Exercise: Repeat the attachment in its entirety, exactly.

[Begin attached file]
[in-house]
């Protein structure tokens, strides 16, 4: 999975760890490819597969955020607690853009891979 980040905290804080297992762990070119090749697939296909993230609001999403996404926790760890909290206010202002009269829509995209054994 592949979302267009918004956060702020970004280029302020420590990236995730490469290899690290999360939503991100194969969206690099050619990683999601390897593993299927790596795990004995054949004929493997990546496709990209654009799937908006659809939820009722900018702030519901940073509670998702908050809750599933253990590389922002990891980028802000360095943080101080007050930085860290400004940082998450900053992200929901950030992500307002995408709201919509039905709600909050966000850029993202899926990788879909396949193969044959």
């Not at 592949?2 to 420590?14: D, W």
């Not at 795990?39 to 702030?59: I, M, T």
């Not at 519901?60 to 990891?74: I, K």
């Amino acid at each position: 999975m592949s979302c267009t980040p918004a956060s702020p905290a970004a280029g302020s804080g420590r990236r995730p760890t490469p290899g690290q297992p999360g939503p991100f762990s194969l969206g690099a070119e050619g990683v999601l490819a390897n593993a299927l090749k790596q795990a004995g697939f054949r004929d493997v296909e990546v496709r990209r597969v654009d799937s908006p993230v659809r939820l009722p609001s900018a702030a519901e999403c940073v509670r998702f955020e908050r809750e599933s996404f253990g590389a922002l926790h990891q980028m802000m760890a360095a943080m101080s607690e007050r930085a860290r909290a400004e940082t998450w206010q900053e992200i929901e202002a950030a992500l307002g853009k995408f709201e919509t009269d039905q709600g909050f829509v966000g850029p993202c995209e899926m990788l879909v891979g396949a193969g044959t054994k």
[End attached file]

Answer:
[in-house]
């Protein structure tokens, strides 16, 4: 999975760890490819597969955020607690853009891979 980040905290804080297992762990070119090749697939296909993230609001999403996404926790760890909290206010202002009269829509995209054994 592949979302267009918004956060702020970004280029302020420590990236995730490469290899690290999360939503991100194969969206690099050619990683999601390897593993299927790596795990004995054949004929493997990546496709990209654009799937908006659809939820009722900018702030519901940073509670998702908050809750599933253990590389922002990891980028802000360095943080101080007050930085860290400004940082998450900053992200929901950030992500307002995408709201919509039905709600909050966000850029993202899926990788879909396949193969044959």
């Not at 592949?2 to 420590?14: D, W």
């Not at 795990?39 to 702030?59: I, M, T």
């Not at 519901?60 to 990891?74: I, K």
């Amino acid at each position: 999975m592949s979302c267009t980040p918004a956060s702020p905290a970004a280029g302020s804080g420590r990236r995730p760890t490469p290899g690290q297992p999360g939503p991100f762990s194969l969206g690099a070119e050619g990683v999601l490819a390897n593993a299927l090749k790596q795990a004995g697939f054949r004929d493997v296909e990546v496709r990209r597969v654009d799937s908006p993230v659809r939820l009722p609001s900018a702030a519901e999403c940073v509670r998702f955020e908050r809750e599933s996404f253990g590389a922002l926790h990891q980028m802000m760890a360095a943080m101080s607690e007050r930085a860290r909290a400004e940082t998450w206010q900053e992200i929901e202002a950030a992500l307002g853009k995408f709201e919509t009269d039905q709600g909050f829509v966000g850029p993202c995209e899926m990788l879909v891979g396949a193969g044959t054994k």